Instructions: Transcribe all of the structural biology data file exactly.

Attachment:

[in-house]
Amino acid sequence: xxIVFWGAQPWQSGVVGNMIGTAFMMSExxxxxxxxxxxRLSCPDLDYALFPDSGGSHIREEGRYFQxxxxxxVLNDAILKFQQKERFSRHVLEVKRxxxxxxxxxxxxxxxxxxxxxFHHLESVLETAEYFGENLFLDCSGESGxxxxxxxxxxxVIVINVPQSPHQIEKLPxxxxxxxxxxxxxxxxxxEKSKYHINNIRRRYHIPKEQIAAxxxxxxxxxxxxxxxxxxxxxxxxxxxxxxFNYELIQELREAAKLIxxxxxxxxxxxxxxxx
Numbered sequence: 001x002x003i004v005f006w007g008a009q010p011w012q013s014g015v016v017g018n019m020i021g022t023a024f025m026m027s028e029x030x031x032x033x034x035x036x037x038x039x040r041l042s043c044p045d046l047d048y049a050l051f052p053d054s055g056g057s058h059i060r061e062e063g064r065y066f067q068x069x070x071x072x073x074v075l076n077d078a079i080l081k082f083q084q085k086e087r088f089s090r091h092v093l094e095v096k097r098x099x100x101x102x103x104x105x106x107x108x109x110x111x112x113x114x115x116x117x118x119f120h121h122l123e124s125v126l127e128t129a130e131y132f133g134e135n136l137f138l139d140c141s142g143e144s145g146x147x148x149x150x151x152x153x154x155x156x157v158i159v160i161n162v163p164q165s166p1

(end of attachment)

[in-house]
Amino acid sequence: xxIVFWGAQPWQSGVVGNMIGTAFMMSExxxxxxxxxxxRLSCPDLDYALFPDSGGSHIREEGRYFQxxxxxxVLNDAILKFQQKERFSRHVLEVKRxxxxxxxxxxxxxxxxxxxxxFHHLESVLETAEYFGENLFLDCSGESGxxxxxxxxxxxVIVINVPQSPHQIEKLPxxxxxxxxxxxxxxxxxxEKSKYHINNIRRRYHIPKEQIAAxxxxxxxxxxxxxxxxxxxxxxxxxxxxxxFNYELIQELREAAKLIxxxxxxxxxxxxxxxx
Numbered sequence: 001x002x003i004v005f006w007g008a009q010p011w012q013s014g015v016v017g018n019m020i021g022t023a024f025m026m027s028e029x030x031x032x033x034x035x036x037x038x039x040r041l042s043c044p045d046l047d048y049a050l051f052p053d054s055g056g057s058h059i060r061e062e063g064r065y066f067q068x069x070x071x072x073x074v075l076n077d078a079i080l081k082f083q084q085k086e087r088f089s090r091h092v093l094e095v096k097r098x099x100x101x102x103x104x105x106x107x108x109x110x111x112x113x114x115x116x117x118x119f120h121h122l123e124s125v126l127e128t129a130e131y132f133g134e135n136l137f138l139d140c141s142g143e144s145g146x147x148x149x150x151x152x153x154x155x156x157v158i159v160i161n162v163p164q165s166p1